My writing process.

writingtrain.jpg
Tawna Fenske invited me to be a part of a series of connected posts today on the writing process. Her point was simple and brilliant, and one I have long promoted: what works for one person may not work for another. Sharing how I do my writing is not a problem for me, but it is important for everyone to find their own path, try different things, and trust their instincts.
In the interest of showing multiple approaches to writing, several phenomenally talented authors agreed to share theirs. When you’re done with me, be sure to visit Tawna Fenske, Linda Grimes, Cynthia Reese, Nelsa Roberto, and Kiersten White to learn what works for them.
For me, my process is that of a witness trying to remember the details.
I remember voices. I see images. For Numb it was a man nailed to a bar, a man in a lion’s cage, a man on fire. Characters talk to me. I heard Numb talking about his day: he had scars he had to tend to, accidental injuries he didn’t mind but dealt with. Ointments and adhesive bandages. I needed to figure out who he was and what he wanted.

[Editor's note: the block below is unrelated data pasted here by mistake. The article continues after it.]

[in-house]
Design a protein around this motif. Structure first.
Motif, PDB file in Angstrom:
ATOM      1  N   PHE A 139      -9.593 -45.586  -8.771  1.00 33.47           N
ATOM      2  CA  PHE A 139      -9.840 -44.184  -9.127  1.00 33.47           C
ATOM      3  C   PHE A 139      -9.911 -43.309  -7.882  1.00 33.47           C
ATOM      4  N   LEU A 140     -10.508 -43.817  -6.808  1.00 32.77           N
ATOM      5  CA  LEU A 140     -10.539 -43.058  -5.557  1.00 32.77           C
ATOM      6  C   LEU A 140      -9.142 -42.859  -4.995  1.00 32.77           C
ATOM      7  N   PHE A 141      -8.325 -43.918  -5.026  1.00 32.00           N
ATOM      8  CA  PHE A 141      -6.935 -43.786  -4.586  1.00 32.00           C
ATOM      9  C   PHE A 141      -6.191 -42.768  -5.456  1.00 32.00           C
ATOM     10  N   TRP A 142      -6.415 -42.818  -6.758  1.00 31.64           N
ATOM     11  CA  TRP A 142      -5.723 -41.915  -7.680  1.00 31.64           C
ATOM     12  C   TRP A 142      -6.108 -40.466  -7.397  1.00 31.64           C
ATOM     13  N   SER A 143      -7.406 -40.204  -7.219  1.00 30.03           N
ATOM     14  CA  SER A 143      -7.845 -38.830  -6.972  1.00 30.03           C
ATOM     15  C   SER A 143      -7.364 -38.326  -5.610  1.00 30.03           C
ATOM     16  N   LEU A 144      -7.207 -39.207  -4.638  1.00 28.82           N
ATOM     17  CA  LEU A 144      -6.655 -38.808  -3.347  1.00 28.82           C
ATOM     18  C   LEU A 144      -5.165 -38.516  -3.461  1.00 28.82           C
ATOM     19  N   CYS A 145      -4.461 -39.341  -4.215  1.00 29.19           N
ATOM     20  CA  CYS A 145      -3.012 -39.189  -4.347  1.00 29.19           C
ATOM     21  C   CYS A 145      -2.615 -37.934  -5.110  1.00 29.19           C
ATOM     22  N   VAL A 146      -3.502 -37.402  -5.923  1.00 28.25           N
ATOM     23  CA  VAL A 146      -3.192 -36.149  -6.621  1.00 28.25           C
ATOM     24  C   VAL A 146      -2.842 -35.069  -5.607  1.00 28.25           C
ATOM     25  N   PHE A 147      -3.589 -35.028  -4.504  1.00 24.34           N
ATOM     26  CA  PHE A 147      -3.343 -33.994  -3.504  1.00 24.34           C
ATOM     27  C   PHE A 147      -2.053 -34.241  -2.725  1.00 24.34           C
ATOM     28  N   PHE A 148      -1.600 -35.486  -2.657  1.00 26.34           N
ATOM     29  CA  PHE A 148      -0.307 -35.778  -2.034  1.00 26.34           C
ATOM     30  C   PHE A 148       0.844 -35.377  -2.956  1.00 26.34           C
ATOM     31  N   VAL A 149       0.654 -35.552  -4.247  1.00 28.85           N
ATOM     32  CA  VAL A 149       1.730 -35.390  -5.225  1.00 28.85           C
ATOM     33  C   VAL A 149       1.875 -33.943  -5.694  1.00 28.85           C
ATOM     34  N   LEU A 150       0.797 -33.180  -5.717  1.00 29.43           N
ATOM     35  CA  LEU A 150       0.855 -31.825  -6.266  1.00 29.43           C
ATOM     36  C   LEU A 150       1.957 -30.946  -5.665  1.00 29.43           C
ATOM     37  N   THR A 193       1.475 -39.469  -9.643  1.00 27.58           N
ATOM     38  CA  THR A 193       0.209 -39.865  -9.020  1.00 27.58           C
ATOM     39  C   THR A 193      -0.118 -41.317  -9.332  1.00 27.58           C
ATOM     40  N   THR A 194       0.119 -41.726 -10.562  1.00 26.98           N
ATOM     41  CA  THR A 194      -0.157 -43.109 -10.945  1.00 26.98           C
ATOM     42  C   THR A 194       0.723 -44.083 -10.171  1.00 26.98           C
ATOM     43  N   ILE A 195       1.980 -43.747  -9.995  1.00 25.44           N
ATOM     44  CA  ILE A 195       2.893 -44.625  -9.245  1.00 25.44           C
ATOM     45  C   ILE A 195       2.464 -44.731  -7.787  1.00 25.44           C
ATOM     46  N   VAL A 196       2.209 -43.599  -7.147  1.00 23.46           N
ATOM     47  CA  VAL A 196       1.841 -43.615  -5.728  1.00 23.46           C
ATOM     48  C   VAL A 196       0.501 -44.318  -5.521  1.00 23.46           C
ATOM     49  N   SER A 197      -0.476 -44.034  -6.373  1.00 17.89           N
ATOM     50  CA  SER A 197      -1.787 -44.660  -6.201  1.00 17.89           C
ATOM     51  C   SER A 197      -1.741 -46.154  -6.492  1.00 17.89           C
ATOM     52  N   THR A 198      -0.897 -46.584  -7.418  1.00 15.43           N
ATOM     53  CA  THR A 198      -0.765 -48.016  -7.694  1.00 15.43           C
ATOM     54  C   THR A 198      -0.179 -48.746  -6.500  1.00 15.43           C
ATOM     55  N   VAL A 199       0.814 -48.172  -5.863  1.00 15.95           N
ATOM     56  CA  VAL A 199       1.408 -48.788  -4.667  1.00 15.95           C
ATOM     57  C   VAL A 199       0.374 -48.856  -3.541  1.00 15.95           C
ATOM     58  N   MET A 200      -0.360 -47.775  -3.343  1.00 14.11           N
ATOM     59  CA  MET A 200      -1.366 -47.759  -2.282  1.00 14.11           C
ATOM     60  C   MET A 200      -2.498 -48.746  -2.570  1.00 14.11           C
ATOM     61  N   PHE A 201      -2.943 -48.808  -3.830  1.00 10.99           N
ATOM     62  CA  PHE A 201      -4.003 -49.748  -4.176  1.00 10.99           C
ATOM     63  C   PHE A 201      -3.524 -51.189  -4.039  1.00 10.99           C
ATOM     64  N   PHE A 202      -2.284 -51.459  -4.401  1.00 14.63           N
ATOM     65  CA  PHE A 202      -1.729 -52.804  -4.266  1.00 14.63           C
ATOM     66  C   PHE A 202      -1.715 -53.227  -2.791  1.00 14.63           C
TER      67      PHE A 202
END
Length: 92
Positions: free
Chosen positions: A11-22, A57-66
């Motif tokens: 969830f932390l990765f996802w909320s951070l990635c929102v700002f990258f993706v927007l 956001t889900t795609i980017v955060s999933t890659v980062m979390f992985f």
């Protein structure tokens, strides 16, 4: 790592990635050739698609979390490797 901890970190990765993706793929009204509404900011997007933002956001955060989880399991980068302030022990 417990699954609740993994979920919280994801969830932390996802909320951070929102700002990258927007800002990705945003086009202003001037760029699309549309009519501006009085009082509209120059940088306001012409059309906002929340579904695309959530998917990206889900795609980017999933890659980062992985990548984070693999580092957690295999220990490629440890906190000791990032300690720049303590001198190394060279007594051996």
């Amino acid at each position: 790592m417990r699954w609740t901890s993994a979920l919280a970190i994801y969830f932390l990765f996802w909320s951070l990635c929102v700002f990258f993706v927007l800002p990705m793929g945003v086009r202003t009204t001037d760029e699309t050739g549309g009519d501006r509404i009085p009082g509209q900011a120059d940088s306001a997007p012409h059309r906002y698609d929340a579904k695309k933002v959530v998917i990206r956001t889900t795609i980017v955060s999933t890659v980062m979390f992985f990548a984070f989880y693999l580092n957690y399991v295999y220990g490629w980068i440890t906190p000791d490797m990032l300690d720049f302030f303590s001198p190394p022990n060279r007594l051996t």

I write toward the images. The voice is usually there on its own. First person, third person, the book will figure that out when its ready. The protagonist will usually make an early appearance. I don’t worry about those things.
Plot. Plot? As long as I have a character the plot will take care of itself.
I write on the train, on my way to work, whenever I get a seat. I struggle to get those seats. My apologies to those in distress who needed a seat and didn’t get mine. Apologies too to those who know me, tried to get my attention, were met with blank stares and watched me return to my laptop. I used to write longhand. Not anymore: I don’t have time to transcribe. I wrote two novels longhand and in three years have typed one of them. I have typed a third during that time, directly into the computer and it’s in final revisions. Uber Agent’s first rule for me: She will have me lobotomized if I ever try to write a novel by hand again.
I write what I hear in me. If I’m in the middle of a novel it is usually that novel that I hear. Not always. Sometimes another voice will start talking and I’ve learned to trust what shows up. A couple of years ago, I was halfway done with one novel when another showed up. I wrote the second one, then returned to and finished the first. Dogmatically forcing myself to work on one thing while another is talking would kill both. The work that is supposed to be finished will be. The work that isn’t meant to be…
I write every day. Especially when I don’t feel like it. Especially when it’s not working. I can always choose to not use something that I wrote and that I realize later is the wrong tone, doesn’t fit, contradicts other parts. I can’t decide to use something that isn’t written. I can’t use something that is still in my head. Better to have something come out half right than have all of it perfectly in my skull.